It would appear that Sligo University Hospital will be among those balloted in the new year on strike action which could bring chaos to Ireland's hospitals.
While nurses' and doctors' demands remain under ongoing discussion, other hospital workers such as healthcare assistants, home help, porters, caterers and operating theatre cleaners are feeling "ignored and disrespected", Siptu health organiser Paul Bell said.
Siptu wants such workers to get access to job evaluations that could give staff pay rises for increased workload and responsibilities. Mr Bell said while the union doesn't want the dispute to impact on patients, 15 months of unsuccessful talks with the HSE led to the decision to ballot for strike action.
This is to take place on January 23.
Initially the major hospitals in Dublin, Cork, Limerick and Galway will be the target of the Siptu strike action ballot. Regional hospitals, including Sligo University Hospital, will follow soon after.
Health Minister Simon Harris said: "I am determined to work on issues that matter for patients and staff and I don't believe the threat of industrial action helps anyone."'Chaos'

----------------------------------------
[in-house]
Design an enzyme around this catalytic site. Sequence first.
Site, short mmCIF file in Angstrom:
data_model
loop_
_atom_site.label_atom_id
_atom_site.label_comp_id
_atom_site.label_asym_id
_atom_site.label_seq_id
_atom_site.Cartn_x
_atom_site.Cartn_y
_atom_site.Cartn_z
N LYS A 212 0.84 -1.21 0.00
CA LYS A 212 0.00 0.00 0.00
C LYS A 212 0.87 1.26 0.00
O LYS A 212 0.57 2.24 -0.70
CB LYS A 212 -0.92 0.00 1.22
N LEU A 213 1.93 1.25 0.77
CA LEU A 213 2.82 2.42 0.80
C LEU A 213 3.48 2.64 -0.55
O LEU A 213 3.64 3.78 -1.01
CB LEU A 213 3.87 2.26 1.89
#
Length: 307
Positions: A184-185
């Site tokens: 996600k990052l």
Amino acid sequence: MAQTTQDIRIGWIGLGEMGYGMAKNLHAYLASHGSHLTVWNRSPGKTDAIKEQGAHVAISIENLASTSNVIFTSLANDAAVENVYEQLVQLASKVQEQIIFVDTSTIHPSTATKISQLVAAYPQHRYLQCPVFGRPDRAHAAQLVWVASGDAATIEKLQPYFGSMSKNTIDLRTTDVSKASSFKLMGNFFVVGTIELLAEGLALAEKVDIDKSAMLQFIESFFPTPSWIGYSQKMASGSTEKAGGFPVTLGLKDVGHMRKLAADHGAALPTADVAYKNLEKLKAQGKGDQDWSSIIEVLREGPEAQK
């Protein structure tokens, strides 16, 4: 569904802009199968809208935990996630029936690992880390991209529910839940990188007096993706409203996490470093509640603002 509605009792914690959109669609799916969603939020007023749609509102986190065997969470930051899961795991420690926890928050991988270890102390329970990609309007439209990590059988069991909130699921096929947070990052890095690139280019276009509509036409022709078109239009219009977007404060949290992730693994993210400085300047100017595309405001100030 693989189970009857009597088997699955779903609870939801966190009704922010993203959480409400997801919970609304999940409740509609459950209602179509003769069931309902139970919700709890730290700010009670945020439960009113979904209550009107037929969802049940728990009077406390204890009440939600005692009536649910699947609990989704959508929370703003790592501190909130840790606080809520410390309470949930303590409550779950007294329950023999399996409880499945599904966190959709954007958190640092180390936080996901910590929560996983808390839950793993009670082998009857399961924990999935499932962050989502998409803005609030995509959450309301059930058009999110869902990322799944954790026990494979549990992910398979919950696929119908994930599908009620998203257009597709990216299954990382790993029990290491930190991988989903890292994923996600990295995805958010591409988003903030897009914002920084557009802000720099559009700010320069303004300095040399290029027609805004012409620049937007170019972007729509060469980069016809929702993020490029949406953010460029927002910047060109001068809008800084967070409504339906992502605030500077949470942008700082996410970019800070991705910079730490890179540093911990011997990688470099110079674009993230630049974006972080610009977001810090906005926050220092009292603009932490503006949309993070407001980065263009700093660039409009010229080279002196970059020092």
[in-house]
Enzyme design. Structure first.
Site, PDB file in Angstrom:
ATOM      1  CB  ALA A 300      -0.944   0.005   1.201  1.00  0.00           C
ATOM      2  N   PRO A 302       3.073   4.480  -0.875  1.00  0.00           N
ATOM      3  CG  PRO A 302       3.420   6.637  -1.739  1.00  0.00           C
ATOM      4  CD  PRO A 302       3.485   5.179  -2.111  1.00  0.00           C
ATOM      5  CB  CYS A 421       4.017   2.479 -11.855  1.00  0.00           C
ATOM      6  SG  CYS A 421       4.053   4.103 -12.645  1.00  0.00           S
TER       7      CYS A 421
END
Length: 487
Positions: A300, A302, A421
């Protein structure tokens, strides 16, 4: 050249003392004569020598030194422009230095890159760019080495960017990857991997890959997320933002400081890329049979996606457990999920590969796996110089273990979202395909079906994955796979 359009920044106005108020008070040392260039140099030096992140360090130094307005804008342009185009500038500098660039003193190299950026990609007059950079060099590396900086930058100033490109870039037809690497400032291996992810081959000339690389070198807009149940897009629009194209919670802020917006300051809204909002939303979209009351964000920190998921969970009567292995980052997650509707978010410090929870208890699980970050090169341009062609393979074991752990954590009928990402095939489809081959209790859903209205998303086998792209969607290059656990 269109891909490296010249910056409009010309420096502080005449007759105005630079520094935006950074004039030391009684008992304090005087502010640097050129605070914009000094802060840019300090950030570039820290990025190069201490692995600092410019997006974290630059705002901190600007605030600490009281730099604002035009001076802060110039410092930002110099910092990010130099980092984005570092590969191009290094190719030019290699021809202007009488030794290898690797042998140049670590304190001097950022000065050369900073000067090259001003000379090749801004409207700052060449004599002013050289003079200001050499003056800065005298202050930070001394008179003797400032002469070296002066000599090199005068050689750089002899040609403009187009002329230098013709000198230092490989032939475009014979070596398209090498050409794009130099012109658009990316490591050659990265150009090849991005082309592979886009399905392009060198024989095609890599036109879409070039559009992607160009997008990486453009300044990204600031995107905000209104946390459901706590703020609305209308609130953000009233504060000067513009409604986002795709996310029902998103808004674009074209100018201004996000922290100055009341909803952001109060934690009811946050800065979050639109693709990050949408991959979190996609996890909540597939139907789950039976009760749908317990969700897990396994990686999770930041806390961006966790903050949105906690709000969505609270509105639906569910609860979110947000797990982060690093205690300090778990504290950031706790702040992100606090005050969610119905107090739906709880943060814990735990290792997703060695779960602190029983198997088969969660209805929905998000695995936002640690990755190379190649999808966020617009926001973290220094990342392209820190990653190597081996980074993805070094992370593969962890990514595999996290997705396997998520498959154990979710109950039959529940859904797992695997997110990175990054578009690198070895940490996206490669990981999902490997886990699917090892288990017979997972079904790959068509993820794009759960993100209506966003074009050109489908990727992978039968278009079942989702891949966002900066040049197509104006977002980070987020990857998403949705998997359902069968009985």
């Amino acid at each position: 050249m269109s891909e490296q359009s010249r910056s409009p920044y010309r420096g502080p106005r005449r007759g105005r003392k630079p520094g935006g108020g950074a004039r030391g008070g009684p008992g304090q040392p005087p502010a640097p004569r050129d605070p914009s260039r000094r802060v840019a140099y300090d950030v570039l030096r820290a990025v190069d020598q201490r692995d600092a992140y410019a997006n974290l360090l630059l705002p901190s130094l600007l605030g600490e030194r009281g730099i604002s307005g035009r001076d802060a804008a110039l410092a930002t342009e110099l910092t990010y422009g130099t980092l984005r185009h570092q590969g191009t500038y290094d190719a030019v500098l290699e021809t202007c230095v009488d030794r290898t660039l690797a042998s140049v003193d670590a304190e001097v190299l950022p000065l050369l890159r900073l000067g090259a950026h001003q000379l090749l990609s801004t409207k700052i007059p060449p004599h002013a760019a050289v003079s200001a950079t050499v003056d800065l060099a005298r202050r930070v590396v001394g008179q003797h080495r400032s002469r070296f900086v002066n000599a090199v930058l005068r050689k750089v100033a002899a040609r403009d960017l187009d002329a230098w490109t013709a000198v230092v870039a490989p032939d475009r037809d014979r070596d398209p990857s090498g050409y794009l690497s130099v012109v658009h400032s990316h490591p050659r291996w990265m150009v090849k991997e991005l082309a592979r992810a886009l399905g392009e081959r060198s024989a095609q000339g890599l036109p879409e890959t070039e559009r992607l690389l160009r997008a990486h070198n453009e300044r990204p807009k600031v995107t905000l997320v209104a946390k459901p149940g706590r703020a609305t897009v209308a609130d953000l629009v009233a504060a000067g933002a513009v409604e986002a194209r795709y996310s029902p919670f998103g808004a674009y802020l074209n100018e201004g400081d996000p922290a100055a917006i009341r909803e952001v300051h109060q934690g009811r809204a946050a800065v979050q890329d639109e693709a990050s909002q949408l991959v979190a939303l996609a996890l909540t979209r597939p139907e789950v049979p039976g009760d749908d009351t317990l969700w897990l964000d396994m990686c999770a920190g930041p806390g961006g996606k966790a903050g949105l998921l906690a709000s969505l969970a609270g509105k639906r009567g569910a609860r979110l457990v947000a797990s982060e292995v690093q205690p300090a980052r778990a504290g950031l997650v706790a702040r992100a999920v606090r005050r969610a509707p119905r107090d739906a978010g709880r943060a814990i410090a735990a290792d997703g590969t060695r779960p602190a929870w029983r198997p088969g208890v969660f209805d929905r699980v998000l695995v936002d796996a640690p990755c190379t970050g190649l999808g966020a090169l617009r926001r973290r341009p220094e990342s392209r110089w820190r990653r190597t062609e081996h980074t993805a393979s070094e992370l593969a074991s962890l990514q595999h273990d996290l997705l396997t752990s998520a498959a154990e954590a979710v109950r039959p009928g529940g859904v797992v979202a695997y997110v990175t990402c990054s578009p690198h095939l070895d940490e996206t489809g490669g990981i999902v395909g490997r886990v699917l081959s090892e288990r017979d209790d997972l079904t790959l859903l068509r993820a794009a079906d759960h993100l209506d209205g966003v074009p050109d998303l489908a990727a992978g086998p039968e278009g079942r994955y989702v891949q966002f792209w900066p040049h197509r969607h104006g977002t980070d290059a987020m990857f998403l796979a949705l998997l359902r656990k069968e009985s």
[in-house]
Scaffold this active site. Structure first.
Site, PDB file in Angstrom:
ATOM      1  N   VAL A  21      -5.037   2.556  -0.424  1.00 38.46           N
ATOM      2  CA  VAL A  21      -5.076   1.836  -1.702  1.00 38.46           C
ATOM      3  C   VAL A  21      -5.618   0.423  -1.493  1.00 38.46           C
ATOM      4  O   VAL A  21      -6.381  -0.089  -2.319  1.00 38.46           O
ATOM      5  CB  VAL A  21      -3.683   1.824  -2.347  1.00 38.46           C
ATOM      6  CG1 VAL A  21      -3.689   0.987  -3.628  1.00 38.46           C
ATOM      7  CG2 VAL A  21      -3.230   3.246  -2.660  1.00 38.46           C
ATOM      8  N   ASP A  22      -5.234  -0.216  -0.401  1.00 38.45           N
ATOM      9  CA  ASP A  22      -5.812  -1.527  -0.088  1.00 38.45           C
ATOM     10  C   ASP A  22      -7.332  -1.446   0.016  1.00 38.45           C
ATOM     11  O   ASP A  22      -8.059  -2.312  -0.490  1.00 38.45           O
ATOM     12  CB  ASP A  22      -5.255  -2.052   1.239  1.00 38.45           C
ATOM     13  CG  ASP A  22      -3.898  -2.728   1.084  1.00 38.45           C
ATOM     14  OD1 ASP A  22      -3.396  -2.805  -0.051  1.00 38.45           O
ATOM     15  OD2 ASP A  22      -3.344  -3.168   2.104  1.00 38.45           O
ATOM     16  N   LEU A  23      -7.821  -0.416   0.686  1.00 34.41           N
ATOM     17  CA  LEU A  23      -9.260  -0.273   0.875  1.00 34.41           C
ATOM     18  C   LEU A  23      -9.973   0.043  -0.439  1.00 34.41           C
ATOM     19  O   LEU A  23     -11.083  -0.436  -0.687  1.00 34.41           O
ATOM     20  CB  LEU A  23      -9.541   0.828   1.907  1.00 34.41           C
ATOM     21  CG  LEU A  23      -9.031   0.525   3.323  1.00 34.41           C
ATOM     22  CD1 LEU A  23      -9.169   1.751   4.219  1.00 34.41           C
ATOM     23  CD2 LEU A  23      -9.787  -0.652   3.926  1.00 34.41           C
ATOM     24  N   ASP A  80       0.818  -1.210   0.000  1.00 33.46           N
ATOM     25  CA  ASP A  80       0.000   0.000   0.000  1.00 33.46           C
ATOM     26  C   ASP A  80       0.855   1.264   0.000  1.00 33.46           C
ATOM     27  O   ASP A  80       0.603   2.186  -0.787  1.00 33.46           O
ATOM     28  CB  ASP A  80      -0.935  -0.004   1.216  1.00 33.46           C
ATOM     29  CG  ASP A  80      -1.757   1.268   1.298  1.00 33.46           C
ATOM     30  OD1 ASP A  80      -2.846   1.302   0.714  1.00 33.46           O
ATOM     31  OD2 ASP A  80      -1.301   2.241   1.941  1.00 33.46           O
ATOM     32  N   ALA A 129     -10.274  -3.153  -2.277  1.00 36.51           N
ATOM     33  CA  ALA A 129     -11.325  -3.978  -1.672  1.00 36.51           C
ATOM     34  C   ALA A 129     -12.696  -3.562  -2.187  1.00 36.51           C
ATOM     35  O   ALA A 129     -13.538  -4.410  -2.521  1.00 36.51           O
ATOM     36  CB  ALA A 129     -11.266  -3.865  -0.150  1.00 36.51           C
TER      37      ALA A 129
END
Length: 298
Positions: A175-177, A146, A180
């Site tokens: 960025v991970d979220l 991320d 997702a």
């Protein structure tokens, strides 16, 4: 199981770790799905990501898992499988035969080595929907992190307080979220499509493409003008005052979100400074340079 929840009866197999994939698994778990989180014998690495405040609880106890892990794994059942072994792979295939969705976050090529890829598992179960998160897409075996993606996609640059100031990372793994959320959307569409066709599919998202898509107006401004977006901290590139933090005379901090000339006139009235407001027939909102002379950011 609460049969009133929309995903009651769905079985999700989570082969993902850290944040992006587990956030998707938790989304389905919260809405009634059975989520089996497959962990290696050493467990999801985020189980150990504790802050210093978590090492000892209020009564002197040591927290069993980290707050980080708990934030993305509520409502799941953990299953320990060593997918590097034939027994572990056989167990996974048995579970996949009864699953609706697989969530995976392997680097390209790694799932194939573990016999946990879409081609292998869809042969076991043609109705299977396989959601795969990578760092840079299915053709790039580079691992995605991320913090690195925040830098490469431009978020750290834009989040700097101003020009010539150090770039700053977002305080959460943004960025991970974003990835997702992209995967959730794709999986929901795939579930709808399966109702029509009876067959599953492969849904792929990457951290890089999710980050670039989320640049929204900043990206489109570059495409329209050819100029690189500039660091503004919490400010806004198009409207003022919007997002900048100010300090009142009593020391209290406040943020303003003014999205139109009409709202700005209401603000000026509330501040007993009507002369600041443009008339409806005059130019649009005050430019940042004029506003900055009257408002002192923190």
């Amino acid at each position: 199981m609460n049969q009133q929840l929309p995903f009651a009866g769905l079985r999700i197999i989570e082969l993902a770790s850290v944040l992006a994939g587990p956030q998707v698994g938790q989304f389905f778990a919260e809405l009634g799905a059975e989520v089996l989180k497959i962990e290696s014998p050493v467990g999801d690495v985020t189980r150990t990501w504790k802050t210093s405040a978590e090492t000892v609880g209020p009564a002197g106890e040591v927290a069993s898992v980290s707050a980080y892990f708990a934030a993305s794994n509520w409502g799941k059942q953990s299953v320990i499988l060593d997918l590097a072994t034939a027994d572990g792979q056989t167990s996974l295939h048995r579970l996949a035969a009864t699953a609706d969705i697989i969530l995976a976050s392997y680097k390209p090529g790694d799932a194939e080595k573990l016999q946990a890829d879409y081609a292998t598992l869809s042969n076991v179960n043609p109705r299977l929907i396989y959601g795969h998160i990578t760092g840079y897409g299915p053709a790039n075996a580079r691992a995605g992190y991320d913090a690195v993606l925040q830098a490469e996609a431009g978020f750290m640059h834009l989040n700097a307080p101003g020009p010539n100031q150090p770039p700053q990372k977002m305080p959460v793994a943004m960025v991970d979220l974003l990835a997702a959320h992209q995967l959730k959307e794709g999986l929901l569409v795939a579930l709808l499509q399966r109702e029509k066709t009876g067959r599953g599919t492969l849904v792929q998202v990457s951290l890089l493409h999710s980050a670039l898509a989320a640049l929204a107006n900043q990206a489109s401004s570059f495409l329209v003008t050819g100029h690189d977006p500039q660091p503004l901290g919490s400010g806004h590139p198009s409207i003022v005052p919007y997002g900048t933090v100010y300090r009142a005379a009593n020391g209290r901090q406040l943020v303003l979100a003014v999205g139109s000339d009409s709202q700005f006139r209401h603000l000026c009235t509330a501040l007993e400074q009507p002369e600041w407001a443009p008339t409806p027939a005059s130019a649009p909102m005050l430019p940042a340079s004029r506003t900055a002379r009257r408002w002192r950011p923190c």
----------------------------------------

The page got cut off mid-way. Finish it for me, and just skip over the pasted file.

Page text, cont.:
Labour health spokesman Alan Kelly backed the workers, arguing they were "undervalued".
He predicted there would be "chaos" in hospitals if the strike goes ahead along with feared industrial action by doctors and nurses. Mr Kelly said "everything has changed" since the Garda pay deal and that the Government's process for dealing with public sector pay demands "needs to be sped up dramatically".
Mr Bell said support staff at major hospitals in the main cities, as well as some in the Midlands like Tullamore, Mullingar and Portlaoise are likely to be balloted first. He said these strikes will show how "essential" these workers are to the health service.He said work stoppages of between one and three days could take place in early February.
Mr Bell said the support staff were only seeking measures promised under existing agreements and that Siptu was open to negotiation with the HSE to avert a strike.
The HSE expressed "disappointment" at Siptu's decision to ballot for industrial action.
However, a spokesman said it "is open to the reintroduction of a job-evaluation scheme for support staff subject to management discussions regarding costings for such a scheme".
A Health Department spokeswoman said it was also considering the reintroduction of such a scheme in the context of the implementation of the Lansdowne Road Agreement.